NotesFAQContact Us
Search Tips
Peer reviewed Peer reviewed
Direct linkDirect link
ERIC Number: EJ892653
Record Type: Journal
Publication Date: 2010-Aug
Pages: 16
Abstractor: As Provided
Reference Count: 104
ISSN: ISSN-0022-0663
Should Students Have a Gap Year? Motivation and Performance Factors Relevant to Time Out after Completing School
Martin, Andrew J.
Journal of Educational Psychology, v102 n3 p561-576 Aug 2010
Increasingly, school leavers are taking time out from study or formal work after completing high school--often referred to as a "gap year" (involving structured activities such as "volunteer tourism" and unstructured activities such as leisure). Although much opinion exists about the merits--or otherwise--of taking time out after completing school, relatively little research has sought to understand the gap year from a psychoeducational perspective. Harnessing the theories of planned behavior and reasoned action and using structural equation modeling, the author examines the academic factors that predict gap year intentions among 2,502 high school students (Study 1) and the academic profile in respect to gap year participation of 338 students in university or college (Study 2). Findings in Study 1 show that postschool uncertainty and lower levels of academic motivation predict gap year intentions, that lower motivation and lower performance predict postschool uncertainty, and that these effects are significant over and above the effects of demographic (gender, age, ethnicity) covariates. Findings in Study 2 show that gap year participation positively predicts academic motivation and that this effect is significant over and above the effects of demographic covariates. The present investigation centrally positions psychoeducational theorizing in relation to the potential yields of a gap year in resolving problematic motivation and performance profiles that may have precipitated students' postschool uncertainty and interest in taking a year out after completing school. (Contains 4 tables and 3 figures.)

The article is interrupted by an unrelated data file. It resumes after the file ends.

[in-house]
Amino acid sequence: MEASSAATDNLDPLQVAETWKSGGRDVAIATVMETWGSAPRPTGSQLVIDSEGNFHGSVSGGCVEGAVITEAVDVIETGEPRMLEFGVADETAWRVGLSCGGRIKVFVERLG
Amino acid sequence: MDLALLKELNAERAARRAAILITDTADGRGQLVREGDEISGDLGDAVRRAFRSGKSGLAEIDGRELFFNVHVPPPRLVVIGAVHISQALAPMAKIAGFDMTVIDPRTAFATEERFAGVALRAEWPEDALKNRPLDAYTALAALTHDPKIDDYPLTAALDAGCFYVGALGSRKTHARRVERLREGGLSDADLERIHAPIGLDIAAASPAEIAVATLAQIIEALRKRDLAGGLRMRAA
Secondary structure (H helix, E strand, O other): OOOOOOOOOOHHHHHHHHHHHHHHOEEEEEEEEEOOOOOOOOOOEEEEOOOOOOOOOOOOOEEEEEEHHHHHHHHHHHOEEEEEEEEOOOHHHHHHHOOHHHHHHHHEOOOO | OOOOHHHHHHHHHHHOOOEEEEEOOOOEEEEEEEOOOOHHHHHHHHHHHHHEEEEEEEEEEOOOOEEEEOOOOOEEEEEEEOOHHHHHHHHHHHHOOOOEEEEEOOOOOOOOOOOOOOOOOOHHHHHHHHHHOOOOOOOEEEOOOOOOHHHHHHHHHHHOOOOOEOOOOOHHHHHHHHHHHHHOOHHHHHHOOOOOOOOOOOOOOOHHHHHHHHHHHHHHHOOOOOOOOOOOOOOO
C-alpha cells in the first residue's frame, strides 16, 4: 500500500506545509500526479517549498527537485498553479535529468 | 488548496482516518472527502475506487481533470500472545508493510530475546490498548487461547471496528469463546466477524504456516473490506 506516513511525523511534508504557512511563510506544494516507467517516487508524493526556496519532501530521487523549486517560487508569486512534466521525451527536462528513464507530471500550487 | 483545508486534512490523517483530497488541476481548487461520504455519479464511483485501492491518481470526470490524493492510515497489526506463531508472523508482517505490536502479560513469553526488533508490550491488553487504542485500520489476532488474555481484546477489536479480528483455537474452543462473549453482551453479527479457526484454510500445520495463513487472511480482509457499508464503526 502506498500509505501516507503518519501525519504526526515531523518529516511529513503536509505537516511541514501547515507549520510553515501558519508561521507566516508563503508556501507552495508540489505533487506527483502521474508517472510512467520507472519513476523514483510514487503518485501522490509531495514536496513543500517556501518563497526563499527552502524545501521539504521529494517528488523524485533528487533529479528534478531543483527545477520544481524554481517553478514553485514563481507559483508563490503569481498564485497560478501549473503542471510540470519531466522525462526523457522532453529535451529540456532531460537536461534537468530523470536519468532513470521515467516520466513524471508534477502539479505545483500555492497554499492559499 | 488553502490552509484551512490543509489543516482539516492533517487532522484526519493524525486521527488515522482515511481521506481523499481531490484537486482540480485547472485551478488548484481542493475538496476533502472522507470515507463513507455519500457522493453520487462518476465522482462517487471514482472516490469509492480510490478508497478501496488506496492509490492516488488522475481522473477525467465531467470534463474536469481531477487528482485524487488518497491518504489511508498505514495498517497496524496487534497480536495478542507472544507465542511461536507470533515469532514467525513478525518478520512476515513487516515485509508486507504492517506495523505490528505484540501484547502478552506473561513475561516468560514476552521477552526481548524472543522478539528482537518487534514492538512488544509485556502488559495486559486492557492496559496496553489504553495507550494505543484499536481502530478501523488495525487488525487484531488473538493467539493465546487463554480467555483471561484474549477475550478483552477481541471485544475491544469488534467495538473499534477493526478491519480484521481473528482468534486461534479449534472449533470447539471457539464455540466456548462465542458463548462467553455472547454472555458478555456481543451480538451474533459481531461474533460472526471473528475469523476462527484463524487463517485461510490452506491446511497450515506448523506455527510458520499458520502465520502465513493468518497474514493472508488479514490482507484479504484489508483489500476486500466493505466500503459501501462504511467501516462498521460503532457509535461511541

American Psychological Association. Journals Department, 750 First Street NE, Washington, DC 20002-4242. Tel: 800-374-2721; Tel: 202-336-5510; Fax: 202-336-5502; e-mail:; Web site:
Publication Type: Journal Articles; Reports - Research
Education Level: High Schools; Higher Education
Audience: N/A
Language: English
Sponsor: N/A
Authoring Institution: N/A